What Does Being A Fishmonger Really Mean To Me?

Good afternoon everyone. I hope you are all having a wonderful weekend?

My week has been pretty exciting to say the least! Monday and Tuesday was pretty much one of the best experiences I’ve had for my company. Entering the Fish Craft Championships, and winning the Seafish Industry Award last year is a different league altogether, but to be part of a team chosen to go and represent the whole company was an amazing feeling. I have to say it was a little nerve wracking to begin with, after all it was in the NEC arena, biggest fish counter I’ve ever worked on, and preparing and subsequently talking about fish in front of a combined total of just over 1300 people is abit of a trembler!

Anyway, my lovely friend Gavin, talked about the benefits of trained butchers and demonstrated preparing a Lamb Shoulder, my fellow girly fishmonger Nicola, stood on the stage canoeing Sea Bass and preparing mackerel. My other 2 girly fishmongers Manda and Lynda prepared and cooked fish and maintained the fabulous set up we’d all worked hard on.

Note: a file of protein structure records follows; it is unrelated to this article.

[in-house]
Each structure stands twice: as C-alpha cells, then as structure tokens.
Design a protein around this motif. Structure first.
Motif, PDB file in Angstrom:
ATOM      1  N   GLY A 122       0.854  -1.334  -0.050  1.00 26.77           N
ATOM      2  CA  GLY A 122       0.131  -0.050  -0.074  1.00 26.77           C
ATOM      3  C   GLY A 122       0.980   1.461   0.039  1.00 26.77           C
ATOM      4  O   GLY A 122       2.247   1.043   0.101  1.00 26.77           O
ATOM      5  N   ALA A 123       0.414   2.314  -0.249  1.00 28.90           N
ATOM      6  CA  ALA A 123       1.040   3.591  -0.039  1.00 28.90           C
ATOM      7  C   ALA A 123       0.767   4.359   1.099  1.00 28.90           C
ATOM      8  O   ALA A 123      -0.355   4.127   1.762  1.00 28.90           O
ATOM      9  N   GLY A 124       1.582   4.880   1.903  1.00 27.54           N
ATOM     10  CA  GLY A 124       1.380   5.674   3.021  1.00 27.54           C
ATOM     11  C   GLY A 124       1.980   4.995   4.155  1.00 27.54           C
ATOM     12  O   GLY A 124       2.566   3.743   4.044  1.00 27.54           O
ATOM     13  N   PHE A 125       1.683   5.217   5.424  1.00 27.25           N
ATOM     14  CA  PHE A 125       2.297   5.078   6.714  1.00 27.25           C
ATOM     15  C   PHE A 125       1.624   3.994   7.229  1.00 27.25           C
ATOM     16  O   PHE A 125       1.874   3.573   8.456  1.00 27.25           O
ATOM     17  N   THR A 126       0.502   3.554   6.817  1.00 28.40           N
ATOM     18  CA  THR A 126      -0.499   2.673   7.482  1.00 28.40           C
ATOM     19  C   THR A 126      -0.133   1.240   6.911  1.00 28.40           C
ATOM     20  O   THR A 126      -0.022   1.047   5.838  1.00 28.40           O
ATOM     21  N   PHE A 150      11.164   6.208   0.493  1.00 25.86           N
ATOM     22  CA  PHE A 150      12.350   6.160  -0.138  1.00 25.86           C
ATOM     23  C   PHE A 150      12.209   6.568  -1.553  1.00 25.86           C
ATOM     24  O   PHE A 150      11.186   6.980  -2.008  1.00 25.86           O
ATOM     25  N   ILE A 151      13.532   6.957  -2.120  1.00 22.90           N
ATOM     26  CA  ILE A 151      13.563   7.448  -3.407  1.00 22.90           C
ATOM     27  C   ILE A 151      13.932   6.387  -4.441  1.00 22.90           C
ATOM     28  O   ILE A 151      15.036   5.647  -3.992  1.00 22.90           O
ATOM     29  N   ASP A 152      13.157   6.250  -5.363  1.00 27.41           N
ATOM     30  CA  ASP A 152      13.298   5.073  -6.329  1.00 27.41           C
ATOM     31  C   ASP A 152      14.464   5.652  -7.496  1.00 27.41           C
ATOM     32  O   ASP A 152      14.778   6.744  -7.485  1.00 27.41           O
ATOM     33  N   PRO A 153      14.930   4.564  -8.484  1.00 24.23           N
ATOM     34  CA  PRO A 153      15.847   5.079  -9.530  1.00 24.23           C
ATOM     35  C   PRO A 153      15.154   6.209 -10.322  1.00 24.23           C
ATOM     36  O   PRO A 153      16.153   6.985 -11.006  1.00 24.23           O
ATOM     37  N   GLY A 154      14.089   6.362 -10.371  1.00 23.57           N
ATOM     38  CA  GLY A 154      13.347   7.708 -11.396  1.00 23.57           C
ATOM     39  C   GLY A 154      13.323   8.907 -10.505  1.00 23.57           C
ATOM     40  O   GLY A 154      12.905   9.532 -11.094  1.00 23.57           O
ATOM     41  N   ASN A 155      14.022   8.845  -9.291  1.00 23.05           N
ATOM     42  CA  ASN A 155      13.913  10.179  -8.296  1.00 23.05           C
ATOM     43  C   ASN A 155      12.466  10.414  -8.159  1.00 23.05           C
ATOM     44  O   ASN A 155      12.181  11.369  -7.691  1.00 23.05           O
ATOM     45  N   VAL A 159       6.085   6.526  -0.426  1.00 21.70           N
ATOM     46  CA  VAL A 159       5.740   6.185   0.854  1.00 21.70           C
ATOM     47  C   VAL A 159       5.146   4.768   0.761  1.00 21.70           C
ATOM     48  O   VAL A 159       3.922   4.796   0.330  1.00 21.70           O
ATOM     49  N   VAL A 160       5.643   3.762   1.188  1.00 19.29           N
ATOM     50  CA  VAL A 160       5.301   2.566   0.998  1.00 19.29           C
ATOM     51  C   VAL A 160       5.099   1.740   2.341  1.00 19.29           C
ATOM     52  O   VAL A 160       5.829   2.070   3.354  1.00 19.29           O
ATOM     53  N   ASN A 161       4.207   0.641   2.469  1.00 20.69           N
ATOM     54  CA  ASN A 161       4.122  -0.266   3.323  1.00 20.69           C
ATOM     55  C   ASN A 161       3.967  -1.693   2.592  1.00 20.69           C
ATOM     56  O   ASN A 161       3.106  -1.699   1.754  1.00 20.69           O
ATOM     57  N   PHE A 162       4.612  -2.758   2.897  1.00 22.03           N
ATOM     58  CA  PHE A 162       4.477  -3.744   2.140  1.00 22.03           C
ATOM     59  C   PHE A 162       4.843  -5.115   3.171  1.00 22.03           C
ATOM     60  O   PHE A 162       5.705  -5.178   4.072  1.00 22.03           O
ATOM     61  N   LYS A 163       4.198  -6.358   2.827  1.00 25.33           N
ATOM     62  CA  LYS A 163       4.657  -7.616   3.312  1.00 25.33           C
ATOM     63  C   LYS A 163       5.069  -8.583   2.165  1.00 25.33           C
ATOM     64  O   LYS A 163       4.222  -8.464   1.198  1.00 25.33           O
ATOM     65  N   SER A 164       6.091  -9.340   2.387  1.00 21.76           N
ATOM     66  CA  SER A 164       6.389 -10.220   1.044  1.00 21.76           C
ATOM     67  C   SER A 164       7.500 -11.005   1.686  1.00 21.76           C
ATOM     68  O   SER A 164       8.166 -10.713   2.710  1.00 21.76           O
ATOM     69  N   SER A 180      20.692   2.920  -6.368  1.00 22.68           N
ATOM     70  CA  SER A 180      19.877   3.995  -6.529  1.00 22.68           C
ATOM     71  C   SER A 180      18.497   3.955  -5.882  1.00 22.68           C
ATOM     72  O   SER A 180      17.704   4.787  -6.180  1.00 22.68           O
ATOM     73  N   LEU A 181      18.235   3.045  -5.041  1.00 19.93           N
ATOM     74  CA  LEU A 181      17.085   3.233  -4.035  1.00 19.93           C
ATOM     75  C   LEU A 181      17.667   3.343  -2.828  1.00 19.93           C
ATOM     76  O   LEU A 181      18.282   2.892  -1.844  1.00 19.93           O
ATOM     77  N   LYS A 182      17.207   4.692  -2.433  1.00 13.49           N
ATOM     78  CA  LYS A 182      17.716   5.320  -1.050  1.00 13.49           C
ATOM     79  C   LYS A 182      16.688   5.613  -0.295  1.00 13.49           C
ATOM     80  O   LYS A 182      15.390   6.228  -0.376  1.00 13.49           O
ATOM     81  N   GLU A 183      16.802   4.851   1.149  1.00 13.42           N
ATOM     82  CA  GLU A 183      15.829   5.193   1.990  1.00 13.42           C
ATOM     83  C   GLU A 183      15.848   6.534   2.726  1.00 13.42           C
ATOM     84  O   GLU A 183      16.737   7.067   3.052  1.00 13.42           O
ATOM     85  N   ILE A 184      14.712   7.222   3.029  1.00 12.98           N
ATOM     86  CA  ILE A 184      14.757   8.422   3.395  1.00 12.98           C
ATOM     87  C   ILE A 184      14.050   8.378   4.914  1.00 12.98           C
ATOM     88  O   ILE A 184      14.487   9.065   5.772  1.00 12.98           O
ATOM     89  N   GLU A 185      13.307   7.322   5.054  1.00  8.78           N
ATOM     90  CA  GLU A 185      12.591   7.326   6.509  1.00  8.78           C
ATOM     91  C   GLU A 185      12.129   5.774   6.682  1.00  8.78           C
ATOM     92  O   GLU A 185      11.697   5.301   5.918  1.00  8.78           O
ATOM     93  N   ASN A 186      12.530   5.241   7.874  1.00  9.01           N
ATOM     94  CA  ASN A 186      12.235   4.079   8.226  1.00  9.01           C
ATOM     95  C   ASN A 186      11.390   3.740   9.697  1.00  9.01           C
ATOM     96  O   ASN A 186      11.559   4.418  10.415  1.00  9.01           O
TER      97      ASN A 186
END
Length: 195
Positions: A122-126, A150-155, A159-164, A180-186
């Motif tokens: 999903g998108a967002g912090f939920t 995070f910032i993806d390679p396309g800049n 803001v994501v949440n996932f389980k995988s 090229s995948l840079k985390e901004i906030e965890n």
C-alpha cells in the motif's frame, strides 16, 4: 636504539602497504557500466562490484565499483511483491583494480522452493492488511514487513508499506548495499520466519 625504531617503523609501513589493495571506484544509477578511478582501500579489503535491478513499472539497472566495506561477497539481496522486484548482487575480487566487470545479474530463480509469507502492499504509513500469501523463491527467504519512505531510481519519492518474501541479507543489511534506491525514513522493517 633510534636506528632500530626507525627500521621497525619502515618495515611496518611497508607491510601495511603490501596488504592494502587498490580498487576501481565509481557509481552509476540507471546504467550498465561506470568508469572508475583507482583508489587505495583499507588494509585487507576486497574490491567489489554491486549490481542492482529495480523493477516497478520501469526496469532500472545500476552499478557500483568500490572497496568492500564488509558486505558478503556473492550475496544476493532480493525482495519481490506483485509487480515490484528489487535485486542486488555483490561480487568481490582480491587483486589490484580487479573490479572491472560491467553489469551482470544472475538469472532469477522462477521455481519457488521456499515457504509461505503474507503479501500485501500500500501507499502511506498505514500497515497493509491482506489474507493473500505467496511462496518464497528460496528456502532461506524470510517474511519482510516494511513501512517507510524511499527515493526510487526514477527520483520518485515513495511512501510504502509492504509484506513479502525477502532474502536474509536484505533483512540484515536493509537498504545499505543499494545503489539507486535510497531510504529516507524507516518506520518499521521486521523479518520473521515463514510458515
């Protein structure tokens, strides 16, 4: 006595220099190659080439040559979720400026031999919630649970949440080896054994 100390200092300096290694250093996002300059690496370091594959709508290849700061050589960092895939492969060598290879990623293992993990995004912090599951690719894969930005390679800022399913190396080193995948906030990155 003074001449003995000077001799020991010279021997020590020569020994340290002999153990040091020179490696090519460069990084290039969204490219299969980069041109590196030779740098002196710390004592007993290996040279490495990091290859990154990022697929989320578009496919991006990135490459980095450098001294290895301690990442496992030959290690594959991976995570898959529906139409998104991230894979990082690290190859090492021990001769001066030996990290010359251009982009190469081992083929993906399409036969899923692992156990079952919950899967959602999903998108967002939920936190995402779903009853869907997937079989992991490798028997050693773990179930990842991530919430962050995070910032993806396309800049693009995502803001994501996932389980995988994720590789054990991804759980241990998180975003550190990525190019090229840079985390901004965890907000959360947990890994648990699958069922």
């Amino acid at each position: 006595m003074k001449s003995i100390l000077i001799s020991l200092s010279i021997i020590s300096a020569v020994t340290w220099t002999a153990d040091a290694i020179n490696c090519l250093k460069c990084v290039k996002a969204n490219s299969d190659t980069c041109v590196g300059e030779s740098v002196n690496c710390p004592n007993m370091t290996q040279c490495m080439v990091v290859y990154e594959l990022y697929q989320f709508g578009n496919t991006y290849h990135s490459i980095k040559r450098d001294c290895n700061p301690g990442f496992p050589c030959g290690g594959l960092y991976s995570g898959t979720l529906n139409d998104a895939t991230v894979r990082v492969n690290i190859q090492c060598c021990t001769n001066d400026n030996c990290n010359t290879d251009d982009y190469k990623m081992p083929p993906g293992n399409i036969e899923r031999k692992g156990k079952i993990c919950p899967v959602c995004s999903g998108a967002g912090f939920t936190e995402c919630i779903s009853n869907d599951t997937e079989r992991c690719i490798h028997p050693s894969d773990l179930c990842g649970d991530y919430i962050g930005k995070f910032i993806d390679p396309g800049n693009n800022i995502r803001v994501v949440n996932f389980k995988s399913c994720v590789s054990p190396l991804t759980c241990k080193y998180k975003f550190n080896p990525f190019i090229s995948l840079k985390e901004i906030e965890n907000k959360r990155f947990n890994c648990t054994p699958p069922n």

I was very clever, or so I thought! I was the other side of the counter, thinking I was out of the way..until I was given the task of talking about being a trained fishmonger! Admittedly at the beginning with the first couple of groups I was nervous and didn’t really say much, but then the passion I have for being trained started to push through. So I stood and pocketed, filleted and cleaned Whole Plaice and Mackerel until it was my time to speak.

I tried to extol the virtues of colleagues who work on the fish counters in other stores being trained. I found myself telling all these managers, some whom I knew, that being trained was the best thing that I could have ever done, and not just for my company but also myself.